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I could understand calling my statement a strawman if our corporate CEOs and our government officials here in America weren't corrupt bigets. However that is not the case. My point, deceit begets deceit. Therefore, a great many of Americas problems very well may lie in the deceit of the Santa Claus story that has been told generation after generation.

The Santa mythos exists outside the US. Also, stating that all CEOs and everyone in your government are "corrupt bigets" (sic) is making you sound more like a conspiracy theorist than a rationalist.

 

Again, Christmas is not a religion. And while I don't think that's what you're getting at, I just want to clarify the unlikeliness of people substituting God for Santa.

I shouldn't have generalized all CEOs and politicians the way that I had, but that still doesn't negate my point, does it? The fact that corruption has hold in many facets of our business and political methods would require a great many people to be involved or turn a blind eye to the misdoing, which neither promote trustworthy behavior in my opinion. Maybe I'm wrong for drawing that conclussion which seems obvious to me.

 

Let me ask you this, with so many corrupt characteristics that life has the potential for, why add to the mayhem with stories like Santa if we want to resolve the corruption that exists? It seems like adding fuel to the fire to me.

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Let me ask you this, with so many corrupt characteristics that life has the potential for, why add to the mayhem with stories like Santa if we want to resolve the corruption that exists? It seems like adding fuel to the fire to me.

I think there are degrees to it. There are stories you tell kids to make them believe as you do, or think the way you do. Like religion or prejudices. Then there are (what you believe to be) truths, which you tell kids to tell them about the world, and which don't conflict with the first kind. Like how the Earth orbits the Sun. Then there are stories like the one about Santa. It's not true, but it has the benefits of, for example, fostering the children's imagination and making them behave nicely. Like imatfaal touched on in post #12, it can probably teach them to think critically. It's also not a story the adult take very seriously, and they drop it as the kid ages. It's simply on another level than for example religion, and I think the child would (perhaps subconsciously) notice the difference in the weight we put on it.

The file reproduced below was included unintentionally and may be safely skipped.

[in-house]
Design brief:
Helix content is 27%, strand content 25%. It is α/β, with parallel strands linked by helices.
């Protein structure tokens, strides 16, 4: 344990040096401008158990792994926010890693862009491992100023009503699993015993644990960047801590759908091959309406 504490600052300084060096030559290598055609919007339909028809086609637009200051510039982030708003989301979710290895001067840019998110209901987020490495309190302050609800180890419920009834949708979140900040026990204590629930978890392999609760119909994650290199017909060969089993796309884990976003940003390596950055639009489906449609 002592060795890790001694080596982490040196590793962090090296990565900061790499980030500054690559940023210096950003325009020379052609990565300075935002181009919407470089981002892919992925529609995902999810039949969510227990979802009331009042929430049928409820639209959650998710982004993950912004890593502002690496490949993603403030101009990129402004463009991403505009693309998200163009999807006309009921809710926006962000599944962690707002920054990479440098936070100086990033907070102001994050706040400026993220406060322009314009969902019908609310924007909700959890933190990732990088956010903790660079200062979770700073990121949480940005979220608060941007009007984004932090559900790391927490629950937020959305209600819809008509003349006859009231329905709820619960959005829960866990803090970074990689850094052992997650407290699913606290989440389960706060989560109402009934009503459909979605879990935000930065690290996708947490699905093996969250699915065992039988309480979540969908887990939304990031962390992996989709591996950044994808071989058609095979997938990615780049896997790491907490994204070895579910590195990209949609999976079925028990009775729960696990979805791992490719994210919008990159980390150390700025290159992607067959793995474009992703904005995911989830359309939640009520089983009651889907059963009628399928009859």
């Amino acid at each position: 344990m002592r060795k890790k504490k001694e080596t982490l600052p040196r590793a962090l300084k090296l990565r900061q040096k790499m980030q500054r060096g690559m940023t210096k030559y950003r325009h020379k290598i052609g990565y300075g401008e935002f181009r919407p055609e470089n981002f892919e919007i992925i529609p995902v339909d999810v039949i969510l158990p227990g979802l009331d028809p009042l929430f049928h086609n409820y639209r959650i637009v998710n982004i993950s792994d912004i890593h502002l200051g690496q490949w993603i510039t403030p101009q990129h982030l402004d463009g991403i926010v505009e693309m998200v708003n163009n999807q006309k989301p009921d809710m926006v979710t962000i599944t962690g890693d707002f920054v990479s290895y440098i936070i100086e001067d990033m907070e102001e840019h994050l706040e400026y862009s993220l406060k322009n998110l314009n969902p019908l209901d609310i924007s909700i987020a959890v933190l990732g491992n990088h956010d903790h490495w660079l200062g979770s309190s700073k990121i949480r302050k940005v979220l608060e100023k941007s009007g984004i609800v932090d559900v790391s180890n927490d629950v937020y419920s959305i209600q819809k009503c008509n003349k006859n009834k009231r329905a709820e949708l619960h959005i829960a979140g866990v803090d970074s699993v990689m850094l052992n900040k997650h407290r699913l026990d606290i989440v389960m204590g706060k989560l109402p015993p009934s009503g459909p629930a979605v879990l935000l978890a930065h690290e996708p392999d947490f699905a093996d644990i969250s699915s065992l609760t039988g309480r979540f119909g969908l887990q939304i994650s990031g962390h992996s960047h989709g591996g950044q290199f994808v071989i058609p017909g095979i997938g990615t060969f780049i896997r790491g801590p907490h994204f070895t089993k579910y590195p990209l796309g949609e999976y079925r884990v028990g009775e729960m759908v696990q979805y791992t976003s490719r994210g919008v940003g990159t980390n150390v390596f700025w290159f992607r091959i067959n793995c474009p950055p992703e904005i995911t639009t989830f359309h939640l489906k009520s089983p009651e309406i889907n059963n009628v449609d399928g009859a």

Now, one could probably argue that you shouldn't tell a kid to be good for goodness sake, and that might very well be correct. On the other hand, THAT runs the risk of complicating things for the kid. I'm no child psychologist by any stretch of the imagination, but I can imagine it's better to teach the child to be good first, THEN explaining the deeper meaning and reasoning on why they should be good. Yes, if they can reason and reach the conclusion to be nice based on objective arguments, that would be great. But they're kids, and I seriously doubt their capacity to reach such conclusions. Sometimes, you simply have to tell them "that's the way it is, and that's that".

 

As you, probably correctly, points out, there are a lot of "corrupt characteristics" in life, and it would be better if there weren't. But it doesn't matter if you're talking about politics, religion or education, I strongly believe removing Santa is the wrong end to start, and energy would be better spent elsewhere.

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I raised two sons, it was never a matter of the truth or a lie, it was always seeing who could convince someone of the truth of something that might or might not be true. This was always fun and it taught my boys to question everything, accept nothing at face value.

 

After they were old enough they would try and get me or their mom. I think it taught them to be skeptical it certainly was a lot of fun trying to see how credulous we were.

 

They figured out Santa early on as well as the tooth fairy and other imaginary things, They have grown up to be skeptics and I am proud of them.

 

They still get me on rare occasions but I still get them too...